Study Finds Serious Mental Illness Often Dismissed by Local Church:

In a recent Baylor study of 293 Christians who approached their local church for assistance in response to a personal or family member’s diagnosed mental illness, Baylor researchers found that more than 32 percent of these church members were told by their church pastor that they or their loved one did not really have a mental illness. The study found these church members were told the cause of their problem was solely spiritual in nature, such as a personal sin, lack of faith or demonic involvement. Baylor researchers also found that women were more likely than men to have their mental disorders dismissed by the church.

In a subsequent survey, Baylor researchers found the dismissal or denial of the existence of mental illness happened more in conservative churches, rather than more liberal ones.

All of the participants in both studies were previously diagnosed by a licensed mental health provider as having a serious mental illness, like bipolar disorder and schizophrenia, prior to approaching their local church for assistance.

“The results are troubling because it suggests individuals in the local church are either denying or dismissing a somewhat high percentage of mental health diagnosis,” said Dr. Matthew Stanford, professor of psychology and neuroscience at Baylor, who led the study. “Those whose mental illness is dismissed by clergy are not only being told they don’t have a mental illness, they are also being told they need to stop taking their medication. That can be a very dangerous thing.”

Let’s recap, because I know I had difficulty believing this…

* Nearly 1/3 of those talking to their clergy have their diagnosed mental illness dismissed with a wave of the hand. No, that’s not quite true… They are first told the medical diagnosis is wrong, then judged for “a personal sin, lack of faith or demonic involvement”, and lastly told to say “Hail Mary” so many times, attend religious services more often, submit to the cat-o-nine tails, or otherwise participate in some ritual.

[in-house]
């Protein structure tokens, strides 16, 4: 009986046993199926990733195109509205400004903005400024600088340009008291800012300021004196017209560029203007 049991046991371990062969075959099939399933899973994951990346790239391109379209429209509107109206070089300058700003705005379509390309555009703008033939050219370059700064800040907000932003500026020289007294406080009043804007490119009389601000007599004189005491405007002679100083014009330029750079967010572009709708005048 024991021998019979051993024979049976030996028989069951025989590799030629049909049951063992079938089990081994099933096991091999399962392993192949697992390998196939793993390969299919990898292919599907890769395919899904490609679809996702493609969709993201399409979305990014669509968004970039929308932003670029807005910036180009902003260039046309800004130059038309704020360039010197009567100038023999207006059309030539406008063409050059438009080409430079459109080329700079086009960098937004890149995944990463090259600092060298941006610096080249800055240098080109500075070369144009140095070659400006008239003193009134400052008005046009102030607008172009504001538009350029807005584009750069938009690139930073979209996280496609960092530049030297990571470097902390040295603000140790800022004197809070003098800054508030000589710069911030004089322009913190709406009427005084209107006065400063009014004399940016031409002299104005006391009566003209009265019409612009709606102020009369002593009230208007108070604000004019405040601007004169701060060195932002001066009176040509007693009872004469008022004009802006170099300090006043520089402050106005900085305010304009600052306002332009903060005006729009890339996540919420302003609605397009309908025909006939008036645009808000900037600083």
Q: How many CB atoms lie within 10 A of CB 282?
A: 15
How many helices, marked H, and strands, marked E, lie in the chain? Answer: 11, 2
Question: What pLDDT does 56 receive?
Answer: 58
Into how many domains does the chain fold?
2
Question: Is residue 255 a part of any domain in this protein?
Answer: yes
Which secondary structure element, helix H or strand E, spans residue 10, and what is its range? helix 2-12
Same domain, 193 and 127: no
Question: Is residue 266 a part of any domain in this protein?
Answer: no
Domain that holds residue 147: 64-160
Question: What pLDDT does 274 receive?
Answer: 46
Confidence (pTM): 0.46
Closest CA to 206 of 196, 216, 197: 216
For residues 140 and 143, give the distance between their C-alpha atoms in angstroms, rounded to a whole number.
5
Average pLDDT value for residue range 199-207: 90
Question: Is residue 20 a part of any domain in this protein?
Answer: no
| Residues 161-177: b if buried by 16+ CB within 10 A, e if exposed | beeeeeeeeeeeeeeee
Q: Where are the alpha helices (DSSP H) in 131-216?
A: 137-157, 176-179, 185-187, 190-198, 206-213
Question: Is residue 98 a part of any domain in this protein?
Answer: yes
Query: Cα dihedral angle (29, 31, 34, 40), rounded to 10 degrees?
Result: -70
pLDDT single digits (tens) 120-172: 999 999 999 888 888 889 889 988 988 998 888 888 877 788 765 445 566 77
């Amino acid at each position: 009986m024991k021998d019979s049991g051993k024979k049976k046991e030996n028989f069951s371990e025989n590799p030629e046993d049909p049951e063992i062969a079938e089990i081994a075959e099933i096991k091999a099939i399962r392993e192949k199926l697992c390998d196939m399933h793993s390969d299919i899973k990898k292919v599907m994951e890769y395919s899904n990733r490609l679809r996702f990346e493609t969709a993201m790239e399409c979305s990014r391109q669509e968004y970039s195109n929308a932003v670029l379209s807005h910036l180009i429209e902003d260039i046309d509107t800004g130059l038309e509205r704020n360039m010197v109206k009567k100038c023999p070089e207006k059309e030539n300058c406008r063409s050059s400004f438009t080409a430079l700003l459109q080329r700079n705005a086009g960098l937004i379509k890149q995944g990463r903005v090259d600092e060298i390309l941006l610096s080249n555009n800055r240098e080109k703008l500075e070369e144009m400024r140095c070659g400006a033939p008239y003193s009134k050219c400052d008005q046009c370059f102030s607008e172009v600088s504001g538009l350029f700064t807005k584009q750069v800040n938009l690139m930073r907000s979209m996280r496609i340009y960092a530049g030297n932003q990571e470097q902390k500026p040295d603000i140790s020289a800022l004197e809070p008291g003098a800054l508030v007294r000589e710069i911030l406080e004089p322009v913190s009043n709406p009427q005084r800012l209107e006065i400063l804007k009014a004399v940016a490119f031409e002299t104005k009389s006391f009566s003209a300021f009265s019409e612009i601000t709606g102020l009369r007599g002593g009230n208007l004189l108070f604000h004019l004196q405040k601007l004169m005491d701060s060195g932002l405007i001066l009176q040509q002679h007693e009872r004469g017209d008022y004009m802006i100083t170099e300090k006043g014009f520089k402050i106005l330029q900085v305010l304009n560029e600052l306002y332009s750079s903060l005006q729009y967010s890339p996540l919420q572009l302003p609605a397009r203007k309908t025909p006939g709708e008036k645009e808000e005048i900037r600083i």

Anyone else feel like comparing today’s clergy to B-movie witch doctors?

* The researchers found that women were more likely than men to have their mental disorders dismissed by the church. The sad thing here is that this does not surprise me at all. In fact, I bet the actual numbers/percents would make me mentally ill possessed by demons, with all the physical symptoms, like vomiting.

But perhaps the real kicker here is that those study participants who had their mental illness dismissed were also those in the study who attended church more than once a week, and described their church as “conservative or charismatic.” Maybe those “charismatic clergy” just don’t think there’s enough room in their church for more than one crazy.

The good news here is that the Baylor study found those who had their mental illness dismissed or denied were less likely to attend church. (But many also stated that their faith in God was weakened; that’s the problem with organized religion, people throw the deity out with the bath bad waters. However, at least they got away from the real craziness and now, perhaps, can find spirituality.)

A 32% dismissal/denial of mental illness would explain at least part of the problem of people in the pews. But as I’ve often seen the born-agains and other bible-thumpers prey on the weak, including the mentally ill, as part of their membership drive practices (i.e. convert quotas), I think we would have to call this prey-convert-dismissial-leaving as a serious turn-over problem management should address. Add it to the list of other serious moral issues churches have.

The study was done, in part, because research consistently showed that it is clergy ~ not psychologists or other mental health experts ~ who are sought most often in times of psychological distress. I guess because those with faith assume they can have faith in their clergy; I hope they (again) see the error of their ways.

The moral of the story: Stay on your meds, but get off the organized religion.